On the other hand, ‘intangible’ benefits may be more difficult to measure, but should still be identifiable. These can include the benefits of education or religion, or promoting appreciation of historic buildings. Both tangible and intangible benefits are taken into account when we assess public benefit.
What does public mean?
The ‘public’ part of public benefit doesn’t necessarily refer to the general public as a whole. Some charities will potentially benefit everyone in a community. For example, a charity, which has recreational purposes where activities are open to all. However, most charities will have limits on who they benefit, and some charities will only benefit a small number of people.
How many people a charity benefits and who they are will depend on the charitable purposes set out in the governing document: most charities are established to benefit a particular group. For example, many charities benefit children in general, while others are established to benefit children of a certain age or those with specific needs.
How does the benefit link to charitable purposes?
Generally, to be taken into account in the assessment of public benefit, an organisation’s activities must be clearly intended to advance its charitable purposes.
Where an organisation carries out some activity that is not directly related to or connected with its purposes, any benefit from that activity will not be taken into account in our assessment of public benefit. However, if the activity is genuinely incidental (a by-product of its main activities), then it will not be a problem in terms of the public benefit requirement or the organisation’s duty to act within its charitable purposes.
For example, a community theatre group with the purpose to advance the arts also collects cash donations for a local hospice in the intervals of its shows. This activity clearly doesn’t advance the arts, but does not adversely affect the overall picture of the group’s public benefit.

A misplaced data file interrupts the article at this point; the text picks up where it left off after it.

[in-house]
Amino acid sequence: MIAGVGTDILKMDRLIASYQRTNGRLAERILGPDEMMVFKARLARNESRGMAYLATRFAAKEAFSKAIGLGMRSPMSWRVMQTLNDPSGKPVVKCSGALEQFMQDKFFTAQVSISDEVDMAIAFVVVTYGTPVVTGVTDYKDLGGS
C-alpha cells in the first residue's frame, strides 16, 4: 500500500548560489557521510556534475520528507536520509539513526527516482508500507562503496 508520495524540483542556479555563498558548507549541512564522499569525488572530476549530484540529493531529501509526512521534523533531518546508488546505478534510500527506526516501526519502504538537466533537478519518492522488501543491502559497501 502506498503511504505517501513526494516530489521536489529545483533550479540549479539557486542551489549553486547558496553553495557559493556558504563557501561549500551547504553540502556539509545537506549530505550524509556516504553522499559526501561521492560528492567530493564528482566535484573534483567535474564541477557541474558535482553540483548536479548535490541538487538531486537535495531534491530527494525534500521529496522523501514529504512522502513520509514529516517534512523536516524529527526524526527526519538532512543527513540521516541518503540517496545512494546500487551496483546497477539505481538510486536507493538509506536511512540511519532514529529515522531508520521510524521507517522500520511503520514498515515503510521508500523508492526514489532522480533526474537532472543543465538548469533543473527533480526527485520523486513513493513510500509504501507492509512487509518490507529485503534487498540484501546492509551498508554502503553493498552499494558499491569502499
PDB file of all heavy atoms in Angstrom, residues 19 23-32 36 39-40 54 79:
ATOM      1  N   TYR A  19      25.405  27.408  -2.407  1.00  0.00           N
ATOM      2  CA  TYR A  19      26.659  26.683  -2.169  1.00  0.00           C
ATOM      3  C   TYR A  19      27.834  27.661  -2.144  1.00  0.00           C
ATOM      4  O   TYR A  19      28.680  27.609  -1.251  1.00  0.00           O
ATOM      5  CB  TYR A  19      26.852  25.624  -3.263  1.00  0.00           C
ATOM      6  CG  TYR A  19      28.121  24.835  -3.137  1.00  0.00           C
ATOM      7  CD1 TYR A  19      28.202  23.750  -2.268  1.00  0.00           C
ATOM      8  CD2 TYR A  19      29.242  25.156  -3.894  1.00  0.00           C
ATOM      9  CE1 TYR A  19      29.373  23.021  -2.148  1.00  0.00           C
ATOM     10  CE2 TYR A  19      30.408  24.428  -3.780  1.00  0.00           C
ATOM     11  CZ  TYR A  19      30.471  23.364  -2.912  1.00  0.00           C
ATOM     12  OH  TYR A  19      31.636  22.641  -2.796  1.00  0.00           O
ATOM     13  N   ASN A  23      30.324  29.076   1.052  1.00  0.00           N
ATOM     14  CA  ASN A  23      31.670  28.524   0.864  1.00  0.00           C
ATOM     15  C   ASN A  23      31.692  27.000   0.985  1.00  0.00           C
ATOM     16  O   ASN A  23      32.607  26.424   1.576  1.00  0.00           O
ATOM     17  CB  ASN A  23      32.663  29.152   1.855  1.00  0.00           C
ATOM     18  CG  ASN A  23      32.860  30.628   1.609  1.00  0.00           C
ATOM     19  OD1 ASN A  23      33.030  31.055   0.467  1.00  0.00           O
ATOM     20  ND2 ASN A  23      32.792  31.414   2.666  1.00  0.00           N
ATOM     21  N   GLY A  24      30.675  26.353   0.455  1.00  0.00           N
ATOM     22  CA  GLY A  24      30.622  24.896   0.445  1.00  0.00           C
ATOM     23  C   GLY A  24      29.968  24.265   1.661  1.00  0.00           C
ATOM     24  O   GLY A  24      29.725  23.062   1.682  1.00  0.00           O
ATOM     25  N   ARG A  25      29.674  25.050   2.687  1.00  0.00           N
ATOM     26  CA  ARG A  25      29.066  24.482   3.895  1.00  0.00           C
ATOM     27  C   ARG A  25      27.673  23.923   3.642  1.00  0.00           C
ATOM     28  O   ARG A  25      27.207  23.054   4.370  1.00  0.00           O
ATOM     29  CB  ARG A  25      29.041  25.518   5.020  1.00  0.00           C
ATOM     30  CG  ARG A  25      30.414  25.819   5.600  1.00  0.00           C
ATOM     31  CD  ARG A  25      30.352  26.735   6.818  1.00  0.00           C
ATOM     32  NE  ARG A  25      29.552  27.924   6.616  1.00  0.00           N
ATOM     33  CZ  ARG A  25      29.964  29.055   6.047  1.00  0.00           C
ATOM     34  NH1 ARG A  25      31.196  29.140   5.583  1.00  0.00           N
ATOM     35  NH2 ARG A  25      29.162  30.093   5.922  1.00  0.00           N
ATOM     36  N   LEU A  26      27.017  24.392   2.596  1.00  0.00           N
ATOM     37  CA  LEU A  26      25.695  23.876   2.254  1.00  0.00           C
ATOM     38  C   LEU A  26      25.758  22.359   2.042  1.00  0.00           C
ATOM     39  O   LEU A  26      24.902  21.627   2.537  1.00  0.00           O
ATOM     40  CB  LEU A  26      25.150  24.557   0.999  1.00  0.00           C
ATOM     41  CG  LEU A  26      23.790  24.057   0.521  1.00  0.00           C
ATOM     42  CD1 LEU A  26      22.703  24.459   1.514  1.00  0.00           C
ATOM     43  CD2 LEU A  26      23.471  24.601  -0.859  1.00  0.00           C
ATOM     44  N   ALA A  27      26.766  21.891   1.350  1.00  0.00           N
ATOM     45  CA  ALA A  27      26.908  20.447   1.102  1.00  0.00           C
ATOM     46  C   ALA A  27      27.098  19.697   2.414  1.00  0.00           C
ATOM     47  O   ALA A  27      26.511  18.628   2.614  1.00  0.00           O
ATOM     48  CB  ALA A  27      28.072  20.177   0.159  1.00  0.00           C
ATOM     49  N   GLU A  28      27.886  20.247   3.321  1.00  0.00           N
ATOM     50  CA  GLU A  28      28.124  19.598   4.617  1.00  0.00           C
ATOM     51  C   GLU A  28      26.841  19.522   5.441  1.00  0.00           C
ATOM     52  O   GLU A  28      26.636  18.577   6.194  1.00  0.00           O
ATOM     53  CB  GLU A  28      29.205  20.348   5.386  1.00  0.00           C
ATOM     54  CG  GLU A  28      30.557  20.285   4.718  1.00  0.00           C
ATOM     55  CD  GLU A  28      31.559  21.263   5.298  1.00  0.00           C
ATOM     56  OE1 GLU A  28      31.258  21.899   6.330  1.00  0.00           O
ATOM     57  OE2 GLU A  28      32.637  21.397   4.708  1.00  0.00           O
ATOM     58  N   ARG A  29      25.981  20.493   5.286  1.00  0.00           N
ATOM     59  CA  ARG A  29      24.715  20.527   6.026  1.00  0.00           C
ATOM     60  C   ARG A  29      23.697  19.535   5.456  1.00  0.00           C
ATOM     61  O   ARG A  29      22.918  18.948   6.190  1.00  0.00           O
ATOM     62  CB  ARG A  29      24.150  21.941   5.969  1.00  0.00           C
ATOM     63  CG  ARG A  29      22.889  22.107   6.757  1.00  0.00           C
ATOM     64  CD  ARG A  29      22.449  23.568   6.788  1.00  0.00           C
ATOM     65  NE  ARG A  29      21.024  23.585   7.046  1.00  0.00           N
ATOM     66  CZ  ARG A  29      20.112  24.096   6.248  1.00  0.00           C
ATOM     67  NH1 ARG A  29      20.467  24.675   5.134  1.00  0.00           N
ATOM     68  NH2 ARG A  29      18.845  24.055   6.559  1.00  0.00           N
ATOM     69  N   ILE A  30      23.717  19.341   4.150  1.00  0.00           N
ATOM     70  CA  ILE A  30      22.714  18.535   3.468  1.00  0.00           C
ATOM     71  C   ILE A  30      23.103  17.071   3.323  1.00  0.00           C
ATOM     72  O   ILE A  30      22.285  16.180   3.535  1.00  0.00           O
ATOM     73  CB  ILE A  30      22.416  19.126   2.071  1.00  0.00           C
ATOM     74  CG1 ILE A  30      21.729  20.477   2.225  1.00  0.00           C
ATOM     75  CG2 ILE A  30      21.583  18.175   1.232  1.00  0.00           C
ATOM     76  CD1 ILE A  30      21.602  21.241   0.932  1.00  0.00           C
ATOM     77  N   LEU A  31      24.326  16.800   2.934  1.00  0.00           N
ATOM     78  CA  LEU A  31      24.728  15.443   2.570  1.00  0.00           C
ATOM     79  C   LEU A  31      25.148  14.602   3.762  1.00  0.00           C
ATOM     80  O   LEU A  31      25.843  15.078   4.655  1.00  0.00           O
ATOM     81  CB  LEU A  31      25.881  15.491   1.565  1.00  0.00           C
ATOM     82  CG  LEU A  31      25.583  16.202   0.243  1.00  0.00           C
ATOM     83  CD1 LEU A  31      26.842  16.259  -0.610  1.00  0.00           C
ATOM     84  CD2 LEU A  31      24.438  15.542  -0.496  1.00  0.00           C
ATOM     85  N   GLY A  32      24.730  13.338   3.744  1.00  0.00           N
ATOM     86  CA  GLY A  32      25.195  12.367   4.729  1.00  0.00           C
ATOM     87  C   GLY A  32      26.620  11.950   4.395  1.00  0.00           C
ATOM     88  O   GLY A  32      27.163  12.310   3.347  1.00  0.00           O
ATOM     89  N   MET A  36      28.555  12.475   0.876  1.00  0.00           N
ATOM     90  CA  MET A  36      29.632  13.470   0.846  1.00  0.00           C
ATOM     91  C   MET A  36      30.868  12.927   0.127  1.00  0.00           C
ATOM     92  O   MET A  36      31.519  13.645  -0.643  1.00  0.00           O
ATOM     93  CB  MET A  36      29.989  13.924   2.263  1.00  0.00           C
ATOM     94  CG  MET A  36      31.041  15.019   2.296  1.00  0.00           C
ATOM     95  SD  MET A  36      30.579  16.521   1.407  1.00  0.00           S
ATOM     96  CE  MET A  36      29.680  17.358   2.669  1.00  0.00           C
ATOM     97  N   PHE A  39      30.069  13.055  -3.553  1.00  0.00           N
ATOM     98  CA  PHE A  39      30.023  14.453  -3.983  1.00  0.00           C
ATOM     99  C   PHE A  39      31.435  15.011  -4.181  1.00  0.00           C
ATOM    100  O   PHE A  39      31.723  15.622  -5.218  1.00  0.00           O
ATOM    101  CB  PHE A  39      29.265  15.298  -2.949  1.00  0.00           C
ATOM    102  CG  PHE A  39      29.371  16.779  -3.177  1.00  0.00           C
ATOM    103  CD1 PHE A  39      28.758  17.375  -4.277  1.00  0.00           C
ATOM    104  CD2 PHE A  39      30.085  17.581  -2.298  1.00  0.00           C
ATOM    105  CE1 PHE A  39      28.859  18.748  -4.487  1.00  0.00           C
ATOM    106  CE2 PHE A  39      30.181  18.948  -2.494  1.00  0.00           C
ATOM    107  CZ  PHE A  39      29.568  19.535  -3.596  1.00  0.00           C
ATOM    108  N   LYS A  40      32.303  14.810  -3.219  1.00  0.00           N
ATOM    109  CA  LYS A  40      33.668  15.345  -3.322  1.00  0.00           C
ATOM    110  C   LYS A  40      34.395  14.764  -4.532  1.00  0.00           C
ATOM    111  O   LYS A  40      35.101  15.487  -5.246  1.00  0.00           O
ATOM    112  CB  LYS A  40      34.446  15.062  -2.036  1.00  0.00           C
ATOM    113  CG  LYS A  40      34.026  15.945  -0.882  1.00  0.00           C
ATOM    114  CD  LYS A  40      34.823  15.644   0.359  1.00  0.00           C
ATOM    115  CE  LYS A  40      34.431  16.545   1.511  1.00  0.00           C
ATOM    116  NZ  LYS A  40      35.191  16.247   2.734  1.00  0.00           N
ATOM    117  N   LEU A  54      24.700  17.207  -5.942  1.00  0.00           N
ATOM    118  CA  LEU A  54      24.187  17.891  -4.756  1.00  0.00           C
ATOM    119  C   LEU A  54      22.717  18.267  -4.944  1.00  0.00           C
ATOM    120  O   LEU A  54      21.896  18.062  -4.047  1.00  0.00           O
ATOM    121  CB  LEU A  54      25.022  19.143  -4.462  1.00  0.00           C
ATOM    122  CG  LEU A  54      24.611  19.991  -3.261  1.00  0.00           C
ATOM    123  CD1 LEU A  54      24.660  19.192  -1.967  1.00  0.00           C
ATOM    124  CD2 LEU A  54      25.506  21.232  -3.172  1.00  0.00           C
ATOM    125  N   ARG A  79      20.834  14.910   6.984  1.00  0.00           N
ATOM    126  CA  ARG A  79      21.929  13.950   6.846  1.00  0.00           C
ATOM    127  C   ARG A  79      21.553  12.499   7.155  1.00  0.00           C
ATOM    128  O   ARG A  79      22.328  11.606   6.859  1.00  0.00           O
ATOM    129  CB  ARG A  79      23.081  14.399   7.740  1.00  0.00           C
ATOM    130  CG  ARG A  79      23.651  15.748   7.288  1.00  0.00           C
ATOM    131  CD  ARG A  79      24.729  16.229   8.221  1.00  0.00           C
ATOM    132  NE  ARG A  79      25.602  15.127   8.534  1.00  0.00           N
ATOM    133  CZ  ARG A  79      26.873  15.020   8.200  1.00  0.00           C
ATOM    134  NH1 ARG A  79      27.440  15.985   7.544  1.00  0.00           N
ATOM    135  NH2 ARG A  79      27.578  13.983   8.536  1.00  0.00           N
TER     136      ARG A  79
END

If charity trustees feel that their charity’s activities no longer reflect the purposes in its governing document, then they might decide to seek our consent to change the charitable purposes. It is good practice to review a charity’s governing document on a regular basis to make sure that it is still accurate and relevant for the charity.
How does a charity demonstrate that it provides public benefit?
This is a key part of being a charity. Charities must describe the work that they do, and their achievements, in their Trustees Annual Report. This information allows the public to see how much public benefit arises from a charity’s activities; it is also important because it requires all charity trustees to review their purposes, activities and achievements annually.
Our Guidance on the individual charitable purposes has more information on what activities may provide public benefit in the advancement of each purpose.
How do we assess public benefit?
To be on the Scottish Charity Register, an organisation must have only charitable purposes and provide public benefit.
In terms of the 2005 Act, to decide whether an organisation provides public benefit or (in the case of applicants) intends to provide public benefit, the following elements must be considered:
- The comparison between the benefit to the public from an organisation’s activities; and
- any disbenefit (which is interpreted as detriment or harm) to the public from the organisation’s activities
- any private benefit (benefit to anyone other than the benefit they receive as a member of the public).
- The other factor that we must take into account in reaching a decision on public benefit is whether any condition an organisation imposes on obtaining the benefit it provides is unduly restrictive. This includes fees and charges. See undue restrictions for more information.
While considering these factors, we make a judgement on the whole picture of public benefit in the organisation being looked at. We do this based on all the facts and circumstances applying to the organisation.